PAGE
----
Herman H. Heath was not, of course, the only Civil War general to flirt with the idea of serving the Confederacy before siding with the Union. He had even gone so far as to write President Jefferson Davis in 1861 offering to serve in a civil or military position. “[A]lthough a northern man by birth,” he told a friend, “I have never been anything but southern in my feelings.” Yet Heath not only fought as a Union cavalryman the entire war, he was wounded twice and brevetted brigadier general for “gallant and meritorious” service. Did he have a legitimate change of heart in 1861 or was he merely an opportunist willing to serve the side promising him the best chance for glory? We likely will never know.
Born in New York in 1823, Heath started a pro-Southern newspaper before the war while working as a clerk in Washington, D.C. After moving to Iowa, he began editing the Democratic newspaper Weekly North-West, and supported John C. Breckinridge during the 1860 presidential election. On April 9, 1861, Heath wrote to St. George Offutt in Montgomery, Ala., congratulating him for accepting a position with the Confederate government. “I, too, would have been there, where my heart ever is, had your president responded as promptly to me as my proffer of service was tendered to the new government,” he wrote. “Before I would march against my brothers of the South, I would suffer myself to be hanged on the first tree before the eyes of my own wife.”
By June, however, Heath was with the 1st Iowa Cavalry as a first lieutenant. In August 1862, he broke his left hip and had an elbow shattered during a skirmish against Confederate guerrillas at Clear Creek, Mo. Three months later, he joined Maj. Gen. Samuel R. Curtis’ staff, and in May 1863 became a major in the 7th Iowa Cavalry and the regiment’s colonel in May 1865. The 7th spent the war campaigning against American Indians in the Nebraska Territory and the Dakotas.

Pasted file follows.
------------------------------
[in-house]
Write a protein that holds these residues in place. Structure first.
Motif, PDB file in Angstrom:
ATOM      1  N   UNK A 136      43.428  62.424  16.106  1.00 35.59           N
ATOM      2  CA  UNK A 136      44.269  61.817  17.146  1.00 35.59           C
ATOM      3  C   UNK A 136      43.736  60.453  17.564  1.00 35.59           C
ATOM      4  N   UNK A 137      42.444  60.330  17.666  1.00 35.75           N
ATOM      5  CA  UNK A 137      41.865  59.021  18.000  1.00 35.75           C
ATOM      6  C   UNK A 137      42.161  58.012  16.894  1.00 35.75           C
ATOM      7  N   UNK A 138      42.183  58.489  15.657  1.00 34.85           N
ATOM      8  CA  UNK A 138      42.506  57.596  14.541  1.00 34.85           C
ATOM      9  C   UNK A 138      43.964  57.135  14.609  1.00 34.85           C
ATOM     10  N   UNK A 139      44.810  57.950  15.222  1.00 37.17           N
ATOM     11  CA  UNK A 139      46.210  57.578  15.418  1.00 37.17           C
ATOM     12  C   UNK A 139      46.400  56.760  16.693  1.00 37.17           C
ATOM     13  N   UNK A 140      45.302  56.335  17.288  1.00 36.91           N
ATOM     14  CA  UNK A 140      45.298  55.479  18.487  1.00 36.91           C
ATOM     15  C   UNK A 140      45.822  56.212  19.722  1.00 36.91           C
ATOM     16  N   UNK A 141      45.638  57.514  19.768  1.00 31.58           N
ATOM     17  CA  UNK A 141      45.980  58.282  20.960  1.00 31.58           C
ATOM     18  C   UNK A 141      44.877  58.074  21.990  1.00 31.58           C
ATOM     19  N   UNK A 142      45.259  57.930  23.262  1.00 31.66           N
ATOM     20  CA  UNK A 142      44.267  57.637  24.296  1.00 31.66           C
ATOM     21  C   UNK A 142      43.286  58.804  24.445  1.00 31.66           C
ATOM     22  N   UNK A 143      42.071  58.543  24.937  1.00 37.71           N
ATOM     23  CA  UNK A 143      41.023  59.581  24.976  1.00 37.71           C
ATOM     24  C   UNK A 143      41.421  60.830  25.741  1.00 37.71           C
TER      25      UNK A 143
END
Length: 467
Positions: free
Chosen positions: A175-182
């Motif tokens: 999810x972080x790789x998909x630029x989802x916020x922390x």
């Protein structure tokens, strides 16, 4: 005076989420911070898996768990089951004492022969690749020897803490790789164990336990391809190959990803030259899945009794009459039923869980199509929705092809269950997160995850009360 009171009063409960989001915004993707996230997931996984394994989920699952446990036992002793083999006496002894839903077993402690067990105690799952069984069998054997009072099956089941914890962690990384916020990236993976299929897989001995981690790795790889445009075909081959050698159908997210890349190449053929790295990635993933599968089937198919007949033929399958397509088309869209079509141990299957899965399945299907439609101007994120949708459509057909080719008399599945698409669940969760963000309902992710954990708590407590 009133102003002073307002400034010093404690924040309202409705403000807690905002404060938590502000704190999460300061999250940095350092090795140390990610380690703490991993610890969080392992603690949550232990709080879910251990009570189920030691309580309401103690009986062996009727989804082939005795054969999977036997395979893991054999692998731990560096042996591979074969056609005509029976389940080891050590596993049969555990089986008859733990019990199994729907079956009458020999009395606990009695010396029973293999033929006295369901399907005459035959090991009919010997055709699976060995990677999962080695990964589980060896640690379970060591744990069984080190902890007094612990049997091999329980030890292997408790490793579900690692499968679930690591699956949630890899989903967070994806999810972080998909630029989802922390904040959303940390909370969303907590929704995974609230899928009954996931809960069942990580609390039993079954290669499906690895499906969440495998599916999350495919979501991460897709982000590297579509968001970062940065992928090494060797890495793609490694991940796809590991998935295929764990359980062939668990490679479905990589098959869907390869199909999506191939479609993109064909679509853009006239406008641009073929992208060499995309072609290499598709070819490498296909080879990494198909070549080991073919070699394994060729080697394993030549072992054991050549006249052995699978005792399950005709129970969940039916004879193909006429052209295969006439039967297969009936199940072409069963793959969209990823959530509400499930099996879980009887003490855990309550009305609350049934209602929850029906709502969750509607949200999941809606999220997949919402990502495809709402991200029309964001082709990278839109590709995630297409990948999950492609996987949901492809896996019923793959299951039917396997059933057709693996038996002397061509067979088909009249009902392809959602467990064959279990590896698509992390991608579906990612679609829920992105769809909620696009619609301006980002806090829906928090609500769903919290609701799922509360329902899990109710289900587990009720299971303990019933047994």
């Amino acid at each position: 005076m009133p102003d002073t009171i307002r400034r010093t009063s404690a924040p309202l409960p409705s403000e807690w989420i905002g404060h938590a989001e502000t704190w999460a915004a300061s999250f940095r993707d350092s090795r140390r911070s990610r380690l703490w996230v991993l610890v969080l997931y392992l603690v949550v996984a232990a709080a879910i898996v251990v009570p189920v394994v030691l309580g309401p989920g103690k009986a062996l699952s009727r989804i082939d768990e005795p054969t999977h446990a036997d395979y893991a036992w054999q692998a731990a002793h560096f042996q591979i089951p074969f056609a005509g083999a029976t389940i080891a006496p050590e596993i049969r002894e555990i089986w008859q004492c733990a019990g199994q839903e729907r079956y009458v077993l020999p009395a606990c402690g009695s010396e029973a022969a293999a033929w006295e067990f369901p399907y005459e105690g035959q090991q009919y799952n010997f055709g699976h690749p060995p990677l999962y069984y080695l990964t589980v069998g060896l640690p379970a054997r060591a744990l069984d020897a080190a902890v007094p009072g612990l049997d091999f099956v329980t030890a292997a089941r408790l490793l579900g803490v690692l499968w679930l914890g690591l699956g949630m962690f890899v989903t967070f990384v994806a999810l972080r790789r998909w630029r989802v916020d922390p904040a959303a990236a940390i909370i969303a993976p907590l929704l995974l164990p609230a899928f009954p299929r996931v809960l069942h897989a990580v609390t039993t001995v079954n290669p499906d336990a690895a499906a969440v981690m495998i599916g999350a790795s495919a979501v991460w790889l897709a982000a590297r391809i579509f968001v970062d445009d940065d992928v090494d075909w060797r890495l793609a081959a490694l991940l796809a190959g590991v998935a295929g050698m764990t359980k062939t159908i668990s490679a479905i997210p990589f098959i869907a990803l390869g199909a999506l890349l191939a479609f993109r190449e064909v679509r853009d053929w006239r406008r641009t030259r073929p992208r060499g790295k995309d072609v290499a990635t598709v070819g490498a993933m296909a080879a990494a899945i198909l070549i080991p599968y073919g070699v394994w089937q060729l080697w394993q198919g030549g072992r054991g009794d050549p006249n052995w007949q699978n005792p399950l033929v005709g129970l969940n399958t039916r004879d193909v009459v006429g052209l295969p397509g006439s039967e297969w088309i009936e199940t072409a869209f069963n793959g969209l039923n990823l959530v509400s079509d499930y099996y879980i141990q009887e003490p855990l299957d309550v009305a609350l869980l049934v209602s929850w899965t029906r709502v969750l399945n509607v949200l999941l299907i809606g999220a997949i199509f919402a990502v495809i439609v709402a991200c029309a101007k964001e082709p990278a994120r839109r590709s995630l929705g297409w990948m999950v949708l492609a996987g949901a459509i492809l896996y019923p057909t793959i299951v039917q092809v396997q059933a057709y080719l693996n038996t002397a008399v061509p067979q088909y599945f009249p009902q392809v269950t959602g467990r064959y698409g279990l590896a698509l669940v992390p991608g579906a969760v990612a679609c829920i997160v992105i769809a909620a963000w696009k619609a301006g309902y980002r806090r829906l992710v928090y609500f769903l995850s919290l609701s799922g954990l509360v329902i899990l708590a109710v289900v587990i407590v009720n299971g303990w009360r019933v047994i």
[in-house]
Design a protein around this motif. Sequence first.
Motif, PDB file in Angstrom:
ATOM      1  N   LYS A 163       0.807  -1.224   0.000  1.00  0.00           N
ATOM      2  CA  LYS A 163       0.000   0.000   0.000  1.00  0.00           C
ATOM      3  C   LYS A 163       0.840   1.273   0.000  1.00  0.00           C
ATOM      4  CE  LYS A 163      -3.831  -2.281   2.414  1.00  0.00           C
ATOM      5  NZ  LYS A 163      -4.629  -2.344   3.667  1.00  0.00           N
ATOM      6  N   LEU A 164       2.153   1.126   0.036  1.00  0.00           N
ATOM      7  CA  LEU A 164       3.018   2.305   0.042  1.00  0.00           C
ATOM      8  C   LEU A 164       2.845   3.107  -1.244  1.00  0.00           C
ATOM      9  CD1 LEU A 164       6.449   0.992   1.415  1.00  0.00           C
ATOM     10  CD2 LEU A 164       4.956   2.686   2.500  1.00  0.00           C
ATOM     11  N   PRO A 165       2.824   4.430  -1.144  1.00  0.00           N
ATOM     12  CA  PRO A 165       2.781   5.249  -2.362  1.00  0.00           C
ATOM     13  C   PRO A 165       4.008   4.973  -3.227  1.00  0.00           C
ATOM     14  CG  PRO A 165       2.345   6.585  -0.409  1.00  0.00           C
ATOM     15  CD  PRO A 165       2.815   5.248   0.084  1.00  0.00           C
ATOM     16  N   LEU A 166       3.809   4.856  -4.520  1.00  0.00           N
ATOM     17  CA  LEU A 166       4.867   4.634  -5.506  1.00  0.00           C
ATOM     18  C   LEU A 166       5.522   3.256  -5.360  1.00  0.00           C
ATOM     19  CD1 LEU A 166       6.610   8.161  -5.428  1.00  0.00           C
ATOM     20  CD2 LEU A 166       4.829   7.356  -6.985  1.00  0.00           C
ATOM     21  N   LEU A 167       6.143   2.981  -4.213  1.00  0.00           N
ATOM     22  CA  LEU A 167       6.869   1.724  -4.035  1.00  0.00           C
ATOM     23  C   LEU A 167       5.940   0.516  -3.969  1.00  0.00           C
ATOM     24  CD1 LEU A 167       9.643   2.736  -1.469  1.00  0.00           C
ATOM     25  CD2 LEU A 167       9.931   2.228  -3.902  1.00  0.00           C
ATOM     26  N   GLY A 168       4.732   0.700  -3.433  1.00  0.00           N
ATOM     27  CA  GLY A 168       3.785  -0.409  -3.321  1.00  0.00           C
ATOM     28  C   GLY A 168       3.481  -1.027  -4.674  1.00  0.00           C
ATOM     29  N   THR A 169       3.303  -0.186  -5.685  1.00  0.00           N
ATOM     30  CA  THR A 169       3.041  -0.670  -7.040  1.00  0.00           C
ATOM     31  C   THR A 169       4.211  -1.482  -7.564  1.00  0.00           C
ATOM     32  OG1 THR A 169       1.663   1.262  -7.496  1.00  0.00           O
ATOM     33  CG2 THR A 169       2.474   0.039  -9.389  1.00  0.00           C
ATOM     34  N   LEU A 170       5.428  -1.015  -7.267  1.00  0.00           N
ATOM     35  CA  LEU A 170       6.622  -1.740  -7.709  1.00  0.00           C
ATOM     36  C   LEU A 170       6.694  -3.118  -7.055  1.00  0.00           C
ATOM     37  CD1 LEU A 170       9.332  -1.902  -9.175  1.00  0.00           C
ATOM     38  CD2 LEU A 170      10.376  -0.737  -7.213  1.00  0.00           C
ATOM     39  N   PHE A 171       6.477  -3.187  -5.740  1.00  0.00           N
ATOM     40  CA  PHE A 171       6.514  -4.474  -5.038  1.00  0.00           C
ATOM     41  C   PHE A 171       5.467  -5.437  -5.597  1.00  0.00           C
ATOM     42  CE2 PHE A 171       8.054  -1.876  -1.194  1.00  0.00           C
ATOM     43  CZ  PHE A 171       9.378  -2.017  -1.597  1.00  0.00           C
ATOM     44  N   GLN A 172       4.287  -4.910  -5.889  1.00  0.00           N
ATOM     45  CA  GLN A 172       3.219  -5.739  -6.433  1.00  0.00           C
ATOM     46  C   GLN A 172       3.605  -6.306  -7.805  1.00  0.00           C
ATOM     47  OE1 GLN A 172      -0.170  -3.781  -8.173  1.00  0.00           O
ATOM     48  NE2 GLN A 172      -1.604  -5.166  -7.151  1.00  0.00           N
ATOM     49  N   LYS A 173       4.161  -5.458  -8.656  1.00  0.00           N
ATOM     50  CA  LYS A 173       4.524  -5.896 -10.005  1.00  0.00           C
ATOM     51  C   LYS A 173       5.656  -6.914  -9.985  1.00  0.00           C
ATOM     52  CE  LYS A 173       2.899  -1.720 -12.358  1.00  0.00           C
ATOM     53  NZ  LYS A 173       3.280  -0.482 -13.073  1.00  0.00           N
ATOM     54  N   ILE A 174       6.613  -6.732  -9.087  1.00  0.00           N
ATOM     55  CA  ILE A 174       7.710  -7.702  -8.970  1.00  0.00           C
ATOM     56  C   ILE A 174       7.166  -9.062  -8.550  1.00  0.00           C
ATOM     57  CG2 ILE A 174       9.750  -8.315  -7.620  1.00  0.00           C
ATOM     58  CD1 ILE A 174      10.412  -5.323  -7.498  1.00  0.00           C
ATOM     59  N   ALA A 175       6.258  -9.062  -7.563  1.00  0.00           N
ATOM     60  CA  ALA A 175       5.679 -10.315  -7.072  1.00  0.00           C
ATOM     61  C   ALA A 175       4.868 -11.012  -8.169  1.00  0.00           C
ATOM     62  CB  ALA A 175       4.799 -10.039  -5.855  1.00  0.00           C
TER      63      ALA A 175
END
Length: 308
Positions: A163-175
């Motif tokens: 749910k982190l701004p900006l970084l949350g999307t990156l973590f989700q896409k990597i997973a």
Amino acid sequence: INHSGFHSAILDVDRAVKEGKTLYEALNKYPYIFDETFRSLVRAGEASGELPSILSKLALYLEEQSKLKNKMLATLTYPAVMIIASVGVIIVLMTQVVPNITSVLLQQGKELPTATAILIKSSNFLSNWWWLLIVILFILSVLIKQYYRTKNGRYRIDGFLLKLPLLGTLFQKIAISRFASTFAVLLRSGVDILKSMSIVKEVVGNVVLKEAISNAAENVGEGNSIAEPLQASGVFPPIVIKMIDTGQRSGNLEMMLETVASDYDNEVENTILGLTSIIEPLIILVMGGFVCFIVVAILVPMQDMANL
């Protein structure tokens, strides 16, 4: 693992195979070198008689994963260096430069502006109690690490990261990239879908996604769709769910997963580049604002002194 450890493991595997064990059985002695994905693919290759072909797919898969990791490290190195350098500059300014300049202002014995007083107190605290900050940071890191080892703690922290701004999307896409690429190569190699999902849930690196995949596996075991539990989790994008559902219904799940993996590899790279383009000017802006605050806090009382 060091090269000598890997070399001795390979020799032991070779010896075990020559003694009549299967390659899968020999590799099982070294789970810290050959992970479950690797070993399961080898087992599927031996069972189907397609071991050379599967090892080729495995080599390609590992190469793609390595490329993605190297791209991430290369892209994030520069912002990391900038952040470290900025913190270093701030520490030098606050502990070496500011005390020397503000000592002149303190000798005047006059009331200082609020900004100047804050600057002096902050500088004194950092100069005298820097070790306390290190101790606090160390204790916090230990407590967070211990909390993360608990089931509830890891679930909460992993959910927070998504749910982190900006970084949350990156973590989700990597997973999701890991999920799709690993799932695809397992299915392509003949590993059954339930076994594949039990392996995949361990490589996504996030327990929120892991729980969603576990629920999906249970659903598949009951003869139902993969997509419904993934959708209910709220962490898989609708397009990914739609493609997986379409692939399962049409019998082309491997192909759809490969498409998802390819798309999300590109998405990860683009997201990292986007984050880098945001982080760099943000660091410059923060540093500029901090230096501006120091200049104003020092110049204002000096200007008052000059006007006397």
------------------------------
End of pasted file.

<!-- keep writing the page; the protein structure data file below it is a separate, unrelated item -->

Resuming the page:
Though elected to the Nebraska Legislature in November 1866, Heath was still enlisted in the Army and couldn’t serve. But in January 1867, Andrew Johnson appointed him New Mexico Territory’s secretary of state, and in 1870, President Ulysses S. Grant nominated him as the territory’s marshal. Heath’s 1861 letter came back to haunt him, however. Found in Confederate archives, along with his business card, it had been turned over to the War Department and made its rounds in Congress. Heath claimed it was a forgery, but Grant was criticized in the papers for appointing Heath and other Confederate sympathizers to government positions out West and withdrew Heath’s nomination.
Heath left to pursue business enterprises in Lima, Peru. He became editor of the city’s first English newspaper and worked in the packing and meat preservation business. He would die in Lima on November 14, 1874, and is buried in an unmarked grave at the Cementerio Británico Antiguo Bellavista. Shrouded Veterans recently worked to have a U.S. government-issued veteran headstone crafted and sent to cemetery. Heath is the first Civil War general with a headstone installed in South America.
This article first appeared in America’s Civil War magazine
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